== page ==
Wood Mackenzie: Egypt Needs to Offer Stability to Upstream Sector
In an independent assessment of Egypt’s gas sector, Wood Mackenzie highlights the challenges Egypt faces in addressing its supply shortfall as a result of soaring domestic demand and a flat production outlook. In an environment of falling exploration success, rising development costs and low gas prices available to upstream operators, Wood Mackenzie says the government will need to offer a stable upstream sector and bring Egypt’s growing subsidy bill under control, without derailing industrial output or passing through large price rises to the population.
Wood Mackenzie’s research report, titled ‘Egypt’s Gas Transformation’ forecasts that Egypt’s gas production will remain around 6 billion cubic feet per day and is unlikely to increase significantly through the remainder of the decade. “In the late 1990s and early 2000s, international oil companies made a number of giant discoveries in the offshore Nile Delta, providing feedstock for gas intensive industries and promoting several gas export projects. But since 2005, discovery sizes have fallen, and the economics of new deep water fields are marginal, as a result of high development costs and low domestic gas prices,” says Martijn Murphy, North Africa Upstream Research Analyst for Wood Mackenzie.
Murphy expands, “There has been a sharp drop in deep water exploration and development activity since the revolution in 2011. With the exception of North Alexandria, few large fields are expected to come onstream. Uncontracted gas reserves are located in smaller, remote fields which are marginal without fiscal incentives or higher gas prices. In addition to better terms, a return to political stability and timely payments to operators will also be required to revive development activity in the region.”
In November last year, Egypt issued its first tender to import LNG, clearly acknowledging the need to diversify gas supply beyond indigenous production. However the country has set itself an ambitious target for receiving the first gas imports by the end of 2013. Giles Farrer, Senior LNG and Global Gas Analyst for Wood Mackenzie says, “Acknowledging the requirement to import expensive LNG might set a new benchmark of higher prices to Mediterranean explorers that could incentivise domestic exploration and production, and allow smaller offshore projects to be economical. But this will inevitably require a review of the subsidy structure to ensure financial sustainability.”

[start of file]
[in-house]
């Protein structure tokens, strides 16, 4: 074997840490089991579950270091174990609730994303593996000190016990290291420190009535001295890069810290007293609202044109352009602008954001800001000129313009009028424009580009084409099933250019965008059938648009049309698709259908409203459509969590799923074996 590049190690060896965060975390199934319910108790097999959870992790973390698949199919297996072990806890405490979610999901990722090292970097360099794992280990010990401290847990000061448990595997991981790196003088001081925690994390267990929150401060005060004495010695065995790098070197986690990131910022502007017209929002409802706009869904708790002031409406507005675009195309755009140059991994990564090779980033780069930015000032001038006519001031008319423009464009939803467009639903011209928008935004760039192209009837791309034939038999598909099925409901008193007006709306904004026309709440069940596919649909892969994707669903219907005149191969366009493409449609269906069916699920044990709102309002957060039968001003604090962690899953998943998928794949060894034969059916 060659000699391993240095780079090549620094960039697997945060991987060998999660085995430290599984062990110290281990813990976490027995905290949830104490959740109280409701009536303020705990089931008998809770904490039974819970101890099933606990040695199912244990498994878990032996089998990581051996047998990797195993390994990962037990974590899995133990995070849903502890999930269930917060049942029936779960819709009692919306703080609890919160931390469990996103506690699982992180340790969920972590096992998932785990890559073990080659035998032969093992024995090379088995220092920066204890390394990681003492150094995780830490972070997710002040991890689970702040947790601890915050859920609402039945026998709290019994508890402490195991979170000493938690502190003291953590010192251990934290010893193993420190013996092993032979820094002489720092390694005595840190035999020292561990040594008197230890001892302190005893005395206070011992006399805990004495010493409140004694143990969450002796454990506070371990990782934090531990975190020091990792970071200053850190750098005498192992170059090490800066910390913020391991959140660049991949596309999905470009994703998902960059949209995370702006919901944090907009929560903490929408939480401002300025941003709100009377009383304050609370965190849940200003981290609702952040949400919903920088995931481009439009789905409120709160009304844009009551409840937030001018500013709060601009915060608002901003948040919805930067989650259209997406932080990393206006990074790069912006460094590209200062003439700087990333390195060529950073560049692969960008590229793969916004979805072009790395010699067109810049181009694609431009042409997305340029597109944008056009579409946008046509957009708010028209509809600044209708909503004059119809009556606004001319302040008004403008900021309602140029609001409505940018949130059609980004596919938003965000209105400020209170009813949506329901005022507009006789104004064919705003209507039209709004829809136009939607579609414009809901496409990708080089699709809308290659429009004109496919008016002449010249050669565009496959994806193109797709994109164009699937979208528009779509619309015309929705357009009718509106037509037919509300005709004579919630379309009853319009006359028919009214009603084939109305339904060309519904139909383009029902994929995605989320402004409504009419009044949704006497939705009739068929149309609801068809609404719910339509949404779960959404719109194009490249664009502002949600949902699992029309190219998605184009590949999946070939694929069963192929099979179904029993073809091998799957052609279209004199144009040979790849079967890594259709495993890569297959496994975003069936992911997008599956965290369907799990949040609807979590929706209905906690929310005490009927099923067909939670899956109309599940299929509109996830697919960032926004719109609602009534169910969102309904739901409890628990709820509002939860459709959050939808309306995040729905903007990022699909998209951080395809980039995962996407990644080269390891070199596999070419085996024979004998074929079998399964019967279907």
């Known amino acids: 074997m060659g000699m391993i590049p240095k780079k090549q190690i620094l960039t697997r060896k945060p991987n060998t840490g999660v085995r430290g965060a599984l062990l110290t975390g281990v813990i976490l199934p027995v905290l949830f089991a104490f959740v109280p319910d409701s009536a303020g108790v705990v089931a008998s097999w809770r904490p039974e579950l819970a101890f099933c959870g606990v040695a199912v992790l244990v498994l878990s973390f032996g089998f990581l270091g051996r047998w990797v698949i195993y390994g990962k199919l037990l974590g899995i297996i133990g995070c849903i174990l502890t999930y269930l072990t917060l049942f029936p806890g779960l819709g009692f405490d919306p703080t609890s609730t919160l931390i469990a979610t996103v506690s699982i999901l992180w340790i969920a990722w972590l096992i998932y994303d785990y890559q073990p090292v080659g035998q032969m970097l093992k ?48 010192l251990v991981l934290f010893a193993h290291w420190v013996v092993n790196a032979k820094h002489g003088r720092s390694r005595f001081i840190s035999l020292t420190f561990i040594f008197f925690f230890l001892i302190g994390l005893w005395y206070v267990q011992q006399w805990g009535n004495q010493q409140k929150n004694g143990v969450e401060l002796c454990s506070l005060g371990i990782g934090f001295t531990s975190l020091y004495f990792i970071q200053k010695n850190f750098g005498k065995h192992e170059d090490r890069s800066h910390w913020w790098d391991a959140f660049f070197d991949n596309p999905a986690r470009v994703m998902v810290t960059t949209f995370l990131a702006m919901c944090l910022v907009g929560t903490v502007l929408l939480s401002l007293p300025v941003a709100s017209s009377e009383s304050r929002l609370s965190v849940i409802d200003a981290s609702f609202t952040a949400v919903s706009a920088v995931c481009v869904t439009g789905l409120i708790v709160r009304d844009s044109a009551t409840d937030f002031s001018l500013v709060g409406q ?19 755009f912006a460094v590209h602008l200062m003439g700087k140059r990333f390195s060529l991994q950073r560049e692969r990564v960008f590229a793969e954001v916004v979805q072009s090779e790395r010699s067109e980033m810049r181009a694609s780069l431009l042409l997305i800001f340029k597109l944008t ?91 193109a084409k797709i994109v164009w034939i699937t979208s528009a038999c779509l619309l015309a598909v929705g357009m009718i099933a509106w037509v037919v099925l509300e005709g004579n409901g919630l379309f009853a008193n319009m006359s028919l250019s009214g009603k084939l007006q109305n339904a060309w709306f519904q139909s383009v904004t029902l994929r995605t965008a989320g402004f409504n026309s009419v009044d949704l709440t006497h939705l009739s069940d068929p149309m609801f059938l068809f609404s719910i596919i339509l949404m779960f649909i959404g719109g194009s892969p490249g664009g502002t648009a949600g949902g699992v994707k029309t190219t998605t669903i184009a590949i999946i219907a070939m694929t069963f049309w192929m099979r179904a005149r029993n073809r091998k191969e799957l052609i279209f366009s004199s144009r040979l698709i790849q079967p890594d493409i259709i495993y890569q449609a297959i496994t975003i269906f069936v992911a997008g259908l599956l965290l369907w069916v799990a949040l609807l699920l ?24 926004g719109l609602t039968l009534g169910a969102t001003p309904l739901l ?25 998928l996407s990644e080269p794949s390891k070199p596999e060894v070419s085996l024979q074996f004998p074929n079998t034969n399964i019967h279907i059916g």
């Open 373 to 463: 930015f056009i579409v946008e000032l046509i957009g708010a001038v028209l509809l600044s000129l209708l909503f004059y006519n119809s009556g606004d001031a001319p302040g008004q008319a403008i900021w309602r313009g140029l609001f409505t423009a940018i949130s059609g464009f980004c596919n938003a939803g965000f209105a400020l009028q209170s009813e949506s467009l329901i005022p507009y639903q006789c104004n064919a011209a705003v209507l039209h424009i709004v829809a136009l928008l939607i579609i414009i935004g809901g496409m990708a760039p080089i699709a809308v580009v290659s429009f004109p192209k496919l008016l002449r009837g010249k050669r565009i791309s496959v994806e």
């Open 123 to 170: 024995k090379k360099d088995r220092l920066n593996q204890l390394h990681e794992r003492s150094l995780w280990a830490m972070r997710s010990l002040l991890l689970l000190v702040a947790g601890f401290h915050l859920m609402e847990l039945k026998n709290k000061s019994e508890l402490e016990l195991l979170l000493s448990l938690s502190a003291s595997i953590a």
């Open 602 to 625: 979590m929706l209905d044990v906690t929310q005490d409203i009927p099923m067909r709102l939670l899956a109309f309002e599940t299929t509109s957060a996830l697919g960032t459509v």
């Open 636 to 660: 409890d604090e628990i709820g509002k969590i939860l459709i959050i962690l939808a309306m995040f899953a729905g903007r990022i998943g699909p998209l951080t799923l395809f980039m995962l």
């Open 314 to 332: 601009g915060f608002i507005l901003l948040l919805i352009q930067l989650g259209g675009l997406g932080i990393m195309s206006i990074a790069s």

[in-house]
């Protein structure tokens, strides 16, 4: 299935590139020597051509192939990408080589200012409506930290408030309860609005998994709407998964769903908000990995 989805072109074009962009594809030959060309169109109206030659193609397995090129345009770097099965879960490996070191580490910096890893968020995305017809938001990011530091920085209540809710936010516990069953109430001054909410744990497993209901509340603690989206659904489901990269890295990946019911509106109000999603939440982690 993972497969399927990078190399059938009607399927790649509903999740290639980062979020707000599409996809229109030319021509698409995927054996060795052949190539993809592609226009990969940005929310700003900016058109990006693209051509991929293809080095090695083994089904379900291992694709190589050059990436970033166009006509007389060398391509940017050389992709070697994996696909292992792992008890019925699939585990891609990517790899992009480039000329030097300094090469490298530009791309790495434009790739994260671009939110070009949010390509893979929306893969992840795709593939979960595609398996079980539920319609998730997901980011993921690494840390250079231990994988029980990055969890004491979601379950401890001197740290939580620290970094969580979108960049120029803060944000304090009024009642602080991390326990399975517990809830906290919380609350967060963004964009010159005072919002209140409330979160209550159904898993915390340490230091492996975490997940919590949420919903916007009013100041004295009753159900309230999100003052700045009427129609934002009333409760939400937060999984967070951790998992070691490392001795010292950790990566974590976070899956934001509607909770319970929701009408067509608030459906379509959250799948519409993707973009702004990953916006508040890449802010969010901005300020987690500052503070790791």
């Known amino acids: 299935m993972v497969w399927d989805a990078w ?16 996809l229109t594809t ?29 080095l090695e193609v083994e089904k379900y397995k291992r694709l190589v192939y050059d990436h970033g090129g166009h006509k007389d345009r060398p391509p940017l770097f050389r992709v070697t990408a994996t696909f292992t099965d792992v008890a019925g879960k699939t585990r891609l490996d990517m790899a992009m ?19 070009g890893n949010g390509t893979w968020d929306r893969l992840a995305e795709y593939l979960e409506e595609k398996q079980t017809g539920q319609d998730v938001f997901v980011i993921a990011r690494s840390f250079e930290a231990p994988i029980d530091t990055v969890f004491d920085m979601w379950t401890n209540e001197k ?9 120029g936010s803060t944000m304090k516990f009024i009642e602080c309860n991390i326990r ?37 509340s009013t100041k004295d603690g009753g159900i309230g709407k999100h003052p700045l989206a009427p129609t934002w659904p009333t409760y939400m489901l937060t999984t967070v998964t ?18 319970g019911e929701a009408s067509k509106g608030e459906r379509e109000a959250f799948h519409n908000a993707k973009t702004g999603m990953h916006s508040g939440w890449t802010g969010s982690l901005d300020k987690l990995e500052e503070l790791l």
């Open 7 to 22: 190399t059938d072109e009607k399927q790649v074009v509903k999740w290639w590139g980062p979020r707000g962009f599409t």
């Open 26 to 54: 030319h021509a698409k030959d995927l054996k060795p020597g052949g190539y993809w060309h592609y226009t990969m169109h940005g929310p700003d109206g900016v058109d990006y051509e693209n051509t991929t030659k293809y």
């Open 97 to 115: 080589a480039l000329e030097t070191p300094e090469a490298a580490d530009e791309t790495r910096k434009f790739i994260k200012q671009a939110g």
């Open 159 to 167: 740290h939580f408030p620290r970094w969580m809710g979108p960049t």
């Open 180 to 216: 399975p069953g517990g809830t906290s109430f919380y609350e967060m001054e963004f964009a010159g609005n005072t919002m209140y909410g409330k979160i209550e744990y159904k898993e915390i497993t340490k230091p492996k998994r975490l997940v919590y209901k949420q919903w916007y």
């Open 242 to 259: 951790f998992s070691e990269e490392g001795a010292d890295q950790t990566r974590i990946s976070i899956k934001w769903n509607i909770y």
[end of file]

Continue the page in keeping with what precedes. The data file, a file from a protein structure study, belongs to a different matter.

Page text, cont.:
The report says that Egypt’s gas exports have gradually declined over the last five years and are expected to continue declining as the government diverts further volumes to domestic market. Mr Farrer adds, “Egypt will be wary of ceasing exports totally: It is contractually bound and defaulting on these contracts would reduce its ability to attract investment in the future.”
While Egypt prepares for LNG imports, it has been looking at ways to manage its export obligations as Farrer explains, “If Egypt is able to conclude an LNG supply deal with Qatar, up to 500 million cubic feet per day (mmcfd) of gas could be freed up for the domestic market, providing some short term relief. However, the financial terms of the deal are still being negotiated and will be key to determining whether it succeeds.”
The report articulates the dilemma posed by soaring domestic demand, as Mr Murray Douglas, Lead Energy Markets Analyst for Wood Mackenzie explains, “Egyptian gas demand has grown strongly over the past 20 years, supported by robust economic growth and an expanding population. The pace of growth has been driven by fuel subsidies, which underpin industrial expansion and provided consumers with access to low cost energy. As a result, gas has surpassed oil in Egypt’s energy mix, with demand rising from just 0.9 bcfd in 1990 to 6 bcfd in 2012.
“Removing subsidies presents a number of challenges for the government: It undermines the competitiveness of the industrial sector by exposing it to international competition, and passing through higher prices to smaller domestic consumers will prove to be very unpopular. But subsidy removal will not necessarily prevent gas demand increasing in the power sector. Coal, nuclear and renewables could all provide diversification options for the long-term, but not necessarily at a lower cost than imported gas,” Douglas continues.
“Reducing industrial demand is also an option for Egypt, but this will be a difficult balancing act for the government as it could discourage new industries and lead to the mothballing of existing facilities if prices rise too quickly,” Douglas concludes.